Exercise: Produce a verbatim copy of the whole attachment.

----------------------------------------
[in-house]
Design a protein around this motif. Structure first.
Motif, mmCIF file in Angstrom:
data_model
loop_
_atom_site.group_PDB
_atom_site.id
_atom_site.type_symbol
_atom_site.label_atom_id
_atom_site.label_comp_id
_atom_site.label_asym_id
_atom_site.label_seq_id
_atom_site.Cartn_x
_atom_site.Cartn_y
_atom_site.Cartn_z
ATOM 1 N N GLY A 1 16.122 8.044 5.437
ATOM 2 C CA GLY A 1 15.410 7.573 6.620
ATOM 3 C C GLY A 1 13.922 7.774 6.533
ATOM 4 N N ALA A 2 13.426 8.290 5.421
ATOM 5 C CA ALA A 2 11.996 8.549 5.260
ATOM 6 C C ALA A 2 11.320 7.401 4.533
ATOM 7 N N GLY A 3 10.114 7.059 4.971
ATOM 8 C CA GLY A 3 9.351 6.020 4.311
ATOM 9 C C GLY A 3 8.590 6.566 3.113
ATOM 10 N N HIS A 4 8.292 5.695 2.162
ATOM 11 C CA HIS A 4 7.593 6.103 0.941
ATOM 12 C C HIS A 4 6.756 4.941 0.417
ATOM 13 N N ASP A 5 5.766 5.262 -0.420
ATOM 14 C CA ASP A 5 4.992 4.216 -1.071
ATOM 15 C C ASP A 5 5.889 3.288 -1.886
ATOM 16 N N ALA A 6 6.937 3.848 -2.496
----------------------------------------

[in-house]
Design a protein around this motif. Structure first.
Motif, mmCIF file in Angstrom:
data_model
loop_
_atom_site.group_PDB
_atom_site.id
_atom_site.type_symbol
_atom_site.label_atom_id
_atom_site.label_comp_id
_atom_site.label_asym_id
_atom_site.label_seq_id
_atom_site.Cartn_x
_atom_site.Cartn_y
_atom_site.Cartn_z
ATOM 1 N N GLY A 1 16.122 8.044 5.437
ATOM 2 C CA GLY A 1 15.410 7.573 6.620
ATOM 3 C C GLY A 1 13.922 7.774 6.533
ATOM 4 N N ALA A 2 13.426 8.290 5.421
ATOM 5 C CA ALA A 2 11.996 8.549 5.260
ATOM 6 C C ALA A 2 11.320 7.401 4.533
ATOM 7 N N GLY A 3 10.114 7.059 4.971
ATOM 8 C CA GLY A 3 9.351 6.020 4.311
ATOM 9 C C GLY A 3 8.590 6.566 3.113
ATOM 10 N N HIS A 4 8.292 5.695 2.162
ATOM 11 C CA HIS A 4 7.593 6.103 0.941
ATOM 12 C C HIS A 4 6.756 4.941 0.417
ATOM 13 N N ASP A 5 5.766 5.262 -0.420
ATOM 14 C CA ASP A 5 4.992 4.216 -1.071
ATOM 15 C C ASP A 5 5.889 3.288 -1.886
ATOM 16 N N ALA A 6 6.937 3.848 -2.496